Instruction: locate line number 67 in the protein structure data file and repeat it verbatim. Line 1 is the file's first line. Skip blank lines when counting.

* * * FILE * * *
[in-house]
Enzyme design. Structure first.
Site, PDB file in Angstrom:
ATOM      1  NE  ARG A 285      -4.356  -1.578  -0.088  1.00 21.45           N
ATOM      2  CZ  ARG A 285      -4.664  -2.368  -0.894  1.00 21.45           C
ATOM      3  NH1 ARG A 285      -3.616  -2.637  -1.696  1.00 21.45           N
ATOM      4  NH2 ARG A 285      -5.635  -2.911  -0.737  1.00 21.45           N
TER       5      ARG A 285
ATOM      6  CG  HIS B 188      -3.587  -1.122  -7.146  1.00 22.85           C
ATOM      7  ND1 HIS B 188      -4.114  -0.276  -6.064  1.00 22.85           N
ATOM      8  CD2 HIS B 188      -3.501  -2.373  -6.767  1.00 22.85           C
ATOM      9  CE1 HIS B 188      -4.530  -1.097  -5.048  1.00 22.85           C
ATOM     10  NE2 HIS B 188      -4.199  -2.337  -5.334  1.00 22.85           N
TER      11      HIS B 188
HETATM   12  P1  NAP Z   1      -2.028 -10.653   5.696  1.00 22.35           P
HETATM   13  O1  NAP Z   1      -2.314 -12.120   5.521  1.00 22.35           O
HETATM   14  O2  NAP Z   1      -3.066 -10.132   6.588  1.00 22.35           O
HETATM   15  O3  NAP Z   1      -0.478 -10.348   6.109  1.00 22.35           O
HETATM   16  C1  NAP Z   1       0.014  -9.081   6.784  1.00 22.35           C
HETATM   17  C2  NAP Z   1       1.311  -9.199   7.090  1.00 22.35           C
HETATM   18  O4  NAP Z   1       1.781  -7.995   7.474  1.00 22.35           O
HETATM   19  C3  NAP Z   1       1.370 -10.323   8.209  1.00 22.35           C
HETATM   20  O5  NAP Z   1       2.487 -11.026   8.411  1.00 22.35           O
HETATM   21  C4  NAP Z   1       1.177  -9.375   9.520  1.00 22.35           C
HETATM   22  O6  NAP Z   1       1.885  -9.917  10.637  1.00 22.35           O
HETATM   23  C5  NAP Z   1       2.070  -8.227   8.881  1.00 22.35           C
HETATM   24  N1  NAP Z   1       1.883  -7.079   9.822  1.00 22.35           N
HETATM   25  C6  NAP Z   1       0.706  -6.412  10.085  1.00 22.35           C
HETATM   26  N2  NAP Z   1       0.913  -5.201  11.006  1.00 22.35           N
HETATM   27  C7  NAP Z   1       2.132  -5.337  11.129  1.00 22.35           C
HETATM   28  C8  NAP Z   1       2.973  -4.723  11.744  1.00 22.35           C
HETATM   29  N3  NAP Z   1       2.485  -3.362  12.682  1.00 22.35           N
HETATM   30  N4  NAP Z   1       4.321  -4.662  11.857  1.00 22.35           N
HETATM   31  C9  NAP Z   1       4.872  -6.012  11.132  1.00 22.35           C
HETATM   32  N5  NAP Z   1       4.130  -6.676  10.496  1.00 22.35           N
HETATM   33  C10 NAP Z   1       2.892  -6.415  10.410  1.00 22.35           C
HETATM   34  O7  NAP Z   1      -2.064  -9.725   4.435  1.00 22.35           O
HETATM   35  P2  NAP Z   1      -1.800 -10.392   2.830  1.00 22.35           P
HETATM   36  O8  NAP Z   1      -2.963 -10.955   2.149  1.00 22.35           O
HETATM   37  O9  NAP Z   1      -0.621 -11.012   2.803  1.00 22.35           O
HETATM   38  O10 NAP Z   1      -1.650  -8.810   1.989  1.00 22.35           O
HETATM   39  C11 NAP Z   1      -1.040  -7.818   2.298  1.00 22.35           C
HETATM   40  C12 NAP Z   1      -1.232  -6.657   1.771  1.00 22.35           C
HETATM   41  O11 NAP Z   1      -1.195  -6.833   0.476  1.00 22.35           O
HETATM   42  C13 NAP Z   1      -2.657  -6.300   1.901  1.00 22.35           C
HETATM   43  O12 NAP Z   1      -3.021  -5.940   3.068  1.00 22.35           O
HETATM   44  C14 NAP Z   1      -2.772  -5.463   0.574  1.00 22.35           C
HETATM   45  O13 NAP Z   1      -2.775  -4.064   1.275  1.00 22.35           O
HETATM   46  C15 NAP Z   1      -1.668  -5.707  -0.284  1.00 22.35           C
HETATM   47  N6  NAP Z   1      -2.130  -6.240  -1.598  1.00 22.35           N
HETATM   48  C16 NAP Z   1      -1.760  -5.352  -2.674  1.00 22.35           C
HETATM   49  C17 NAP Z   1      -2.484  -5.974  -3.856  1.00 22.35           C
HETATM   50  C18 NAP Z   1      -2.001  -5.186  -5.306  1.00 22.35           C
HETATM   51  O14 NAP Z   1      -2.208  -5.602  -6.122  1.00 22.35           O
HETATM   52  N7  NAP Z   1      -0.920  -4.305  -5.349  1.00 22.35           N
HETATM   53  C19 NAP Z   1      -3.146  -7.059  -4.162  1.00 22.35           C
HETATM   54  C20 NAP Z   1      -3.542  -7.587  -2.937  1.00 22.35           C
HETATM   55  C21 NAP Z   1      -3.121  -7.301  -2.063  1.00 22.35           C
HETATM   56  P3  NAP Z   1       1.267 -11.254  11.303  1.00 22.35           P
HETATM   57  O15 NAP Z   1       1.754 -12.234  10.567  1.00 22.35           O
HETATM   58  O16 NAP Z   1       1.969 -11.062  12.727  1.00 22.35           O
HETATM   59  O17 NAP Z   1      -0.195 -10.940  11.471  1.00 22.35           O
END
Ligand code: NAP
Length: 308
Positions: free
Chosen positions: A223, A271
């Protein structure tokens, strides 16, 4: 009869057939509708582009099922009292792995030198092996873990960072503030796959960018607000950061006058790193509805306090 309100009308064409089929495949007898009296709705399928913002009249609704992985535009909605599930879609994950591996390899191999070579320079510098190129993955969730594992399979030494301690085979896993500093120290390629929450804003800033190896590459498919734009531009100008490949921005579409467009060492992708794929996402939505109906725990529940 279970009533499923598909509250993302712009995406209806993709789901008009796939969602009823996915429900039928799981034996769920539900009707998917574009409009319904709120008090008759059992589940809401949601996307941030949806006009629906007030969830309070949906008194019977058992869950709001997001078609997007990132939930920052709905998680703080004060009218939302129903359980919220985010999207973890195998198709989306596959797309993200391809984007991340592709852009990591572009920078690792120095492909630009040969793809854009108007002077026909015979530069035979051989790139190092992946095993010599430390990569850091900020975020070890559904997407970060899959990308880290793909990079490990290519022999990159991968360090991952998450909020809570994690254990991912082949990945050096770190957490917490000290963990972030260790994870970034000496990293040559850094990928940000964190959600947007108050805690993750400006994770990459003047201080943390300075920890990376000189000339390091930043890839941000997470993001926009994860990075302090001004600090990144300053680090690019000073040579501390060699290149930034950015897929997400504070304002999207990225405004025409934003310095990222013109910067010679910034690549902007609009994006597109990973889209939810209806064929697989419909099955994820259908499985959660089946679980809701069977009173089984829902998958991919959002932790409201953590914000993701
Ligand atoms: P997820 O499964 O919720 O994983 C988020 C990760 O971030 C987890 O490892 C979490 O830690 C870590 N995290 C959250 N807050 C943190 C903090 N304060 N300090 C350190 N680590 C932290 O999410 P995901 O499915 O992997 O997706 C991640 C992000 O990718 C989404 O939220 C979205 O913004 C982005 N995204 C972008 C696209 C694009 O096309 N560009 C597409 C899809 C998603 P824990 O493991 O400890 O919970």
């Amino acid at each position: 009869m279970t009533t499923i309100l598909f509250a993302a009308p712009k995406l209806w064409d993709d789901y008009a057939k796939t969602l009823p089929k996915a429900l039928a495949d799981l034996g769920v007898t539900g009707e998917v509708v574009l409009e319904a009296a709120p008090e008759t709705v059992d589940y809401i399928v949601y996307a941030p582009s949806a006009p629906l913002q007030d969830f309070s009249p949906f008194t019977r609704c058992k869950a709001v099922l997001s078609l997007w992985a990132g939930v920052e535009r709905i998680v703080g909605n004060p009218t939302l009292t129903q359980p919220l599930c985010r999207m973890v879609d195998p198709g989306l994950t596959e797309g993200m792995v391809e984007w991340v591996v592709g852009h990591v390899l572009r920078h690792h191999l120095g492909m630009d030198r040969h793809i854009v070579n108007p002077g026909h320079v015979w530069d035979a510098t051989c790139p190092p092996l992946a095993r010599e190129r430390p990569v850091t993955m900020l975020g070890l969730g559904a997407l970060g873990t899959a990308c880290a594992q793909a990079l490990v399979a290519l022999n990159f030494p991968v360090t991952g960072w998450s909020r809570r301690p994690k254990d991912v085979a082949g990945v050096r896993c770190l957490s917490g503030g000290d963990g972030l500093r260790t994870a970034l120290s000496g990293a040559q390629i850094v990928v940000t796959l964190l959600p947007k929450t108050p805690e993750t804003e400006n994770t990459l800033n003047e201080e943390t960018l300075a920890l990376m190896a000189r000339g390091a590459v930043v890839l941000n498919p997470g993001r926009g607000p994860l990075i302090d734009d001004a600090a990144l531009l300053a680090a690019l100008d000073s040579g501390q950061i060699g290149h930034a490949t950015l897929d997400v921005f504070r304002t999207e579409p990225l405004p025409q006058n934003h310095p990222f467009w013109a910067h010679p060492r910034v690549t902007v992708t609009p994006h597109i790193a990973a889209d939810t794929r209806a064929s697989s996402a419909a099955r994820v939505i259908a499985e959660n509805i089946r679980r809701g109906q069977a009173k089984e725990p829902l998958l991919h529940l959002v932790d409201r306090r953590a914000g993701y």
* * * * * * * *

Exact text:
Chosen positions: A223, A271